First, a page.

By now you've heard us wax poetic about our respective CSA's and the beautiful and tasty bounty we receive from them each week. But what exactly does a CSA "pickup" or "share" look like?
Our goods this week were so striking, I decided I had to take a picture of them before I started cooking, so that's what part of this post is all about. The photo above consists of: Red Russian Kale (that is what's in the plastic storage bag), Beets, Scallions (hiding under the Carrots), Red Cabbage, New Potatoes, Carrots and Shell Peas. Additional options included Broccoli (we've been on the run a lot this week and have a bunch from last week, so we passed on that) and Senposai Collards.
Our CSA operates in a "market style" fashion, which means you pick and choose from the week's offerings until you fill your "share". The farm has generously provided us with customized canvas bags (small bags for small shares, which equal approximately 1/4 bushel of produce a week and large bags for large shares, which equal approximately 1/2 bushel of produce a week - we have a small share for our small family). One of the things I love most about this style of distribution is we get the most bang for our buck - taking advantage of the things we love (and new things we want to try), while leaving others that we don't. Or in the case of this week's broccoli - opting out because we still have some at home.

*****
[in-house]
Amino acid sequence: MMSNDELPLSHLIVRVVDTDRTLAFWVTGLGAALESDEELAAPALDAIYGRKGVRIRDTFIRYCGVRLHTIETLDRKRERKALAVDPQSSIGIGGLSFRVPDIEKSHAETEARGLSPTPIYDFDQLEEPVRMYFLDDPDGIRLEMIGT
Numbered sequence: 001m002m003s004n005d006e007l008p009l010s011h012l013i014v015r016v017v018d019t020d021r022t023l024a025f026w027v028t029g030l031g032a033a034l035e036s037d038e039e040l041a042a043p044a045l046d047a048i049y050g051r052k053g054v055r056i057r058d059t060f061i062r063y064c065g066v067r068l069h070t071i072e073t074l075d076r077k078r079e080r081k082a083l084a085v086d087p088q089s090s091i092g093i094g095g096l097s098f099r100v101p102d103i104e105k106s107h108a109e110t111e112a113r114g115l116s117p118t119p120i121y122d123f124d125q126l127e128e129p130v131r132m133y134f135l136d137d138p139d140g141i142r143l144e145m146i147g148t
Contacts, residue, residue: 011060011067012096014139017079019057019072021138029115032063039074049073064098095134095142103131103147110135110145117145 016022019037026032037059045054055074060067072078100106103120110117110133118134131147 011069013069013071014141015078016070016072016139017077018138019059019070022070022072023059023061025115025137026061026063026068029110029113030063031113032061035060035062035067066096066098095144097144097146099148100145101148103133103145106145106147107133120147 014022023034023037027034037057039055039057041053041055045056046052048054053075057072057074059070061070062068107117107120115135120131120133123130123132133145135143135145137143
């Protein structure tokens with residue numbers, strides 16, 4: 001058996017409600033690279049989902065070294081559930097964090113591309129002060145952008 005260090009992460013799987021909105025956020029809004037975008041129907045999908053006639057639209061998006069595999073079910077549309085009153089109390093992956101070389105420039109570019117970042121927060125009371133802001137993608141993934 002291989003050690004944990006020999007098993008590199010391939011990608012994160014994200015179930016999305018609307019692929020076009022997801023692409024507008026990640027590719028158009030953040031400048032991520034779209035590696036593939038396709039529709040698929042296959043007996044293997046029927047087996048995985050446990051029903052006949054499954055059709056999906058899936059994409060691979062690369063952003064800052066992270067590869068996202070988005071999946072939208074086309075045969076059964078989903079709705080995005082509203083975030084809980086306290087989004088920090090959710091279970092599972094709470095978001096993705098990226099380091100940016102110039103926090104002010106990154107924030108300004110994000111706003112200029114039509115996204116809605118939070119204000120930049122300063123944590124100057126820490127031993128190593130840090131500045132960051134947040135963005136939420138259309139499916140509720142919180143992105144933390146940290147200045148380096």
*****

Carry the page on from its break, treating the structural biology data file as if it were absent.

Up until this week I had passed on the Kale. Even though our CSA offers a few different varieties, I've never found a recipe for Kale that rendered it palatable to me. That is until now....
Some of the members of our CSA have been making Kale Chips. This concept intrigued me. I love chips. If I can find a way to justify eating them regularly....well, that would be almost like winning the lottery! (Hey, I said almost.) I didn't have a particular recipe to go by - this was passed along from Desiree at Holiday Brook Farm by word of mouth. I baked them in a convection oven, which worked perfectly, if that option is open to you! Without further adieu, this is what I did...
Tear Kale into bite sized pieces (I was not too particular about this, some of my pieces were small; others were quite large). Toss with a little olive oil and your favorite sea salt or seasoned salt (I used Borsari). Spread out flat on a large cookie sheet. Bake in a preheated 400 degree oven, keeping close watch on them. Remove from oven when Kale is crispy (and before they are completely toast colored).
I don't know that this recipe has convinced me to to out and search for Kale on a regular basis, but I do enjoy these and will be making this recipe from time to time. Bon Appetit!